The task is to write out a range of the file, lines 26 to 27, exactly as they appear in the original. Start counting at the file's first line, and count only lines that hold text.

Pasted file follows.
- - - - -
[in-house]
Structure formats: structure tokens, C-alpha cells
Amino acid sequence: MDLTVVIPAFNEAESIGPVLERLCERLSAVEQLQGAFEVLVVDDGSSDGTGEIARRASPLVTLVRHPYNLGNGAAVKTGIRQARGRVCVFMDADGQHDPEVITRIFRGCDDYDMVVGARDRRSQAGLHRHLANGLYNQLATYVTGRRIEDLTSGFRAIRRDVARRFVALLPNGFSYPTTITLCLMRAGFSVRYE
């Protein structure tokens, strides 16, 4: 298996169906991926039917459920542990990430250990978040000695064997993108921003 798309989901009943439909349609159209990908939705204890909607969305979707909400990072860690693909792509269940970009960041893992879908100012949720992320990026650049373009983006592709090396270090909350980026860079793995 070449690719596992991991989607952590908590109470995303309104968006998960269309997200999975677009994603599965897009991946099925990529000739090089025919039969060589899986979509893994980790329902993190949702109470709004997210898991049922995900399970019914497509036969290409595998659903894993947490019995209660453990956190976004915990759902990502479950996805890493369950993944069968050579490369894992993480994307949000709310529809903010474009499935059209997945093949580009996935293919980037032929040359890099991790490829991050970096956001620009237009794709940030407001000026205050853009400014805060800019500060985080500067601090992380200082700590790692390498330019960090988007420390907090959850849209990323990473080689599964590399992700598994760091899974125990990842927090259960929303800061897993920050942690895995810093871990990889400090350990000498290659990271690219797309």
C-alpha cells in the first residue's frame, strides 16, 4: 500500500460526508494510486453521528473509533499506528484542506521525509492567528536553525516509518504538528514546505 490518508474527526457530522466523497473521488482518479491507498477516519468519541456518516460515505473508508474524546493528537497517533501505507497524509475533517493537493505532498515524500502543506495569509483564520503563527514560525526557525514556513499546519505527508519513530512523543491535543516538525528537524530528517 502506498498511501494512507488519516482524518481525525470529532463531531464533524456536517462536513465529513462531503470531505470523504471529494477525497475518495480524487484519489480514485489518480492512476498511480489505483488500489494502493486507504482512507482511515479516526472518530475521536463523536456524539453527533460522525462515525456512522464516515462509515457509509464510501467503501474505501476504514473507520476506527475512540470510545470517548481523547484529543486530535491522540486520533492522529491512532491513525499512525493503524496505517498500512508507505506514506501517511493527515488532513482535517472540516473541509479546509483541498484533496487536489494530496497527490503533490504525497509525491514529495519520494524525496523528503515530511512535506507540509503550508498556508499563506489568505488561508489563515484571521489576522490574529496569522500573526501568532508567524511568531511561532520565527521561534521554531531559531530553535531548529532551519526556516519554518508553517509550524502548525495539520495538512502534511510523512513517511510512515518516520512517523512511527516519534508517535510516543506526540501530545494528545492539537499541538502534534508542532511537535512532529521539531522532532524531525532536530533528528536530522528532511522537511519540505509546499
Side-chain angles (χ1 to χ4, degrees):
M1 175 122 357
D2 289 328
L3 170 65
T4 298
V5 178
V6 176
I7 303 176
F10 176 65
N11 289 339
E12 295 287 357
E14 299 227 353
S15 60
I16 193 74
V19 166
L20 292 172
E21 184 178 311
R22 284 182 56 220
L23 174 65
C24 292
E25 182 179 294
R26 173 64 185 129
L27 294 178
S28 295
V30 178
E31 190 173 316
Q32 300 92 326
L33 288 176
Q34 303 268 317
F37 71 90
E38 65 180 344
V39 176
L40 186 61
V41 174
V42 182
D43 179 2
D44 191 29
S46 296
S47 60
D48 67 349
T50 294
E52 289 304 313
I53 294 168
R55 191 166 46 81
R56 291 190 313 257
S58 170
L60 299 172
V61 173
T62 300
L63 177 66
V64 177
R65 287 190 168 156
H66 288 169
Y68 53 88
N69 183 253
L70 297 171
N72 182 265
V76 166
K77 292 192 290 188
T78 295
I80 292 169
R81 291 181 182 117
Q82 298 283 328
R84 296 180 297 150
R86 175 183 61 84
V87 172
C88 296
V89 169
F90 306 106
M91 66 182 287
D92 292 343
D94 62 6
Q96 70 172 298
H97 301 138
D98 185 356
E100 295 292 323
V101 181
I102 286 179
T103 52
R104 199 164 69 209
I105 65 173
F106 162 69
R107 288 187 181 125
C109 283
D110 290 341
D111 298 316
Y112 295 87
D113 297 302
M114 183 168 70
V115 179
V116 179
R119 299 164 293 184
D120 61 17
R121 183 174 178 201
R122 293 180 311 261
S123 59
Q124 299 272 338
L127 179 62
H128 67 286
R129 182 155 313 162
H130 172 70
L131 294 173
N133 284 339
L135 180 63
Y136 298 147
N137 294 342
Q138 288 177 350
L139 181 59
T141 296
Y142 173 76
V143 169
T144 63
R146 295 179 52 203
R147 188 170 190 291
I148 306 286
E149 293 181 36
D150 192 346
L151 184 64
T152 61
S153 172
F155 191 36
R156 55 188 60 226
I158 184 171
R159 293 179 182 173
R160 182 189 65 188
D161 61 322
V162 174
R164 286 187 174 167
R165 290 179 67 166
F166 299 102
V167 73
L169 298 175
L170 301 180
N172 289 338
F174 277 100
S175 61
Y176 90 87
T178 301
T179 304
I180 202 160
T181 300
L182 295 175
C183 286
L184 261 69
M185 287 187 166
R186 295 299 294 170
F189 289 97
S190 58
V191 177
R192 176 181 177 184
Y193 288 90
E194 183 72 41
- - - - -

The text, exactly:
E25 182 179 294
R26 173 64 185 129